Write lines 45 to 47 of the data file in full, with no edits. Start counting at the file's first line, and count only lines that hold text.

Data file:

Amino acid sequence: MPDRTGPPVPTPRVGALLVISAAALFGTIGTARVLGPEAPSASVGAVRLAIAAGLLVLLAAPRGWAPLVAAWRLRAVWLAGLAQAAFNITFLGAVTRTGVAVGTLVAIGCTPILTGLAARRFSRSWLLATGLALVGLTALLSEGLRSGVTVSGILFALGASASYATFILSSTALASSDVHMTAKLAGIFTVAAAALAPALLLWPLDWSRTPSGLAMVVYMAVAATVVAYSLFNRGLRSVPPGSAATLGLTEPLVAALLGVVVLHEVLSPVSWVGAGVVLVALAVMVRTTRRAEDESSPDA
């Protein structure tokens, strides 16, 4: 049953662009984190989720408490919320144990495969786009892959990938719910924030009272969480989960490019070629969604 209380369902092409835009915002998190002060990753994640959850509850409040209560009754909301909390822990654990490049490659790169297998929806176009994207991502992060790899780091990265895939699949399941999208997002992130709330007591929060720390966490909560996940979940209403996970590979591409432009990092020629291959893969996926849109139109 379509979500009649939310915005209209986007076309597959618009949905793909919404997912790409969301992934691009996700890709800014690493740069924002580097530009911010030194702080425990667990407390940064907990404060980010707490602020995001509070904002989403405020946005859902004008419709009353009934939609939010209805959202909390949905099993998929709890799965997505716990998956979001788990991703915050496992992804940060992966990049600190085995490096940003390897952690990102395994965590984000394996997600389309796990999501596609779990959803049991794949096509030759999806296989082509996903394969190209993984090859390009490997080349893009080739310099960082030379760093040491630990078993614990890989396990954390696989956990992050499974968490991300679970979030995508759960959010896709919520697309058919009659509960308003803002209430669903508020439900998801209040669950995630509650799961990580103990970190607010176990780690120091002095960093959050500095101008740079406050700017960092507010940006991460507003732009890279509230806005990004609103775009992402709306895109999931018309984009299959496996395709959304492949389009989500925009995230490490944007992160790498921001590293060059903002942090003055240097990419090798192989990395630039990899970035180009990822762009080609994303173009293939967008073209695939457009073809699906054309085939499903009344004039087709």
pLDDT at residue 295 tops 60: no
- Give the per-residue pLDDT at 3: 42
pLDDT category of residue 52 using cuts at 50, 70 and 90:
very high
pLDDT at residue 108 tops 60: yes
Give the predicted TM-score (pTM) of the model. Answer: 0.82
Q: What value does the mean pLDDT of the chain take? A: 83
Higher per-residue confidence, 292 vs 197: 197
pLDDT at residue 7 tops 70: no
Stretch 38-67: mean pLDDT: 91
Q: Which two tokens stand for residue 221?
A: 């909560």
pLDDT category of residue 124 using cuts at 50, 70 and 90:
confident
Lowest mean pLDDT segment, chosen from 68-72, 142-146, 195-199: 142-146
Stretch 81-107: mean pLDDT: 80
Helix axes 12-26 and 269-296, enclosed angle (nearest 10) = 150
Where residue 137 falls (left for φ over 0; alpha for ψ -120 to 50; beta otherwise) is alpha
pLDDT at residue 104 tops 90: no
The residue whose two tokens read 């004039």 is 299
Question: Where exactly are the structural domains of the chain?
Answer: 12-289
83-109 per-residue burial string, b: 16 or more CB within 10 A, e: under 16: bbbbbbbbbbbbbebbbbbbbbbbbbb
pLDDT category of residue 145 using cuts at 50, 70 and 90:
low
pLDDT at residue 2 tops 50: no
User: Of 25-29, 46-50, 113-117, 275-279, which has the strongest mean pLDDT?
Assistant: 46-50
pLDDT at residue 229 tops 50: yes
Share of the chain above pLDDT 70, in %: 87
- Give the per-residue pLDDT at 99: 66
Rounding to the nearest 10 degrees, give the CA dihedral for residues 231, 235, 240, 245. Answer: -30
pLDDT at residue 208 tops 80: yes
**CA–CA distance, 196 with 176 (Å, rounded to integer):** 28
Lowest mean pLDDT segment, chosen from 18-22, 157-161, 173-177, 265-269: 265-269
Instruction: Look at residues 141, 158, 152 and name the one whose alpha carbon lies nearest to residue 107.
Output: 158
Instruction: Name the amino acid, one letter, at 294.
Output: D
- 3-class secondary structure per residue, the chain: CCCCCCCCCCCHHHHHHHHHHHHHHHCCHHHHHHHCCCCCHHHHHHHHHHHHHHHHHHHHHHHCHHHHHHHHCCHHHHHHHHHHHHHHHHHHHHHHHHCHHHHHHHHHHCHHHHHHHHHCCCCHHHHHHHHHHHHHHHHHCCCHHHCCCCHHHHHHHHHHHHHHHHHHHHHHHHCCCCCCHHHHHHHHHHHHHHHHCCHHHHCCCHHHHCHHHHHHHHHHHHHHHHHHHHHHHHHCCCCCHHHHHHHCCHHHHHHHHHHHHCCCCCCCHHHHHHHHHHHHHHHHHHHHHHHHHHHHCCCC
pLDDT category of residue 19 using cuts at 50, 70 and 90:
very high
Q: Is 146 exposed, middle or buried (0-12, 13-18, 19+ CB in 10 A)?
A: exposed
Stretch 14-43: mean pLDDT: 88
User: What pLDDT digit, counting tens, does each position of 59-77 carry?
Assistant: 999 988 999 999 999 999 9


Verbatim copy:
Q: Is 146 exposed, middle or buried (0-12, 13-18, 19+ CB in 10 A)?
A: exposed
Stretch 14-43: mean pLDDT: 88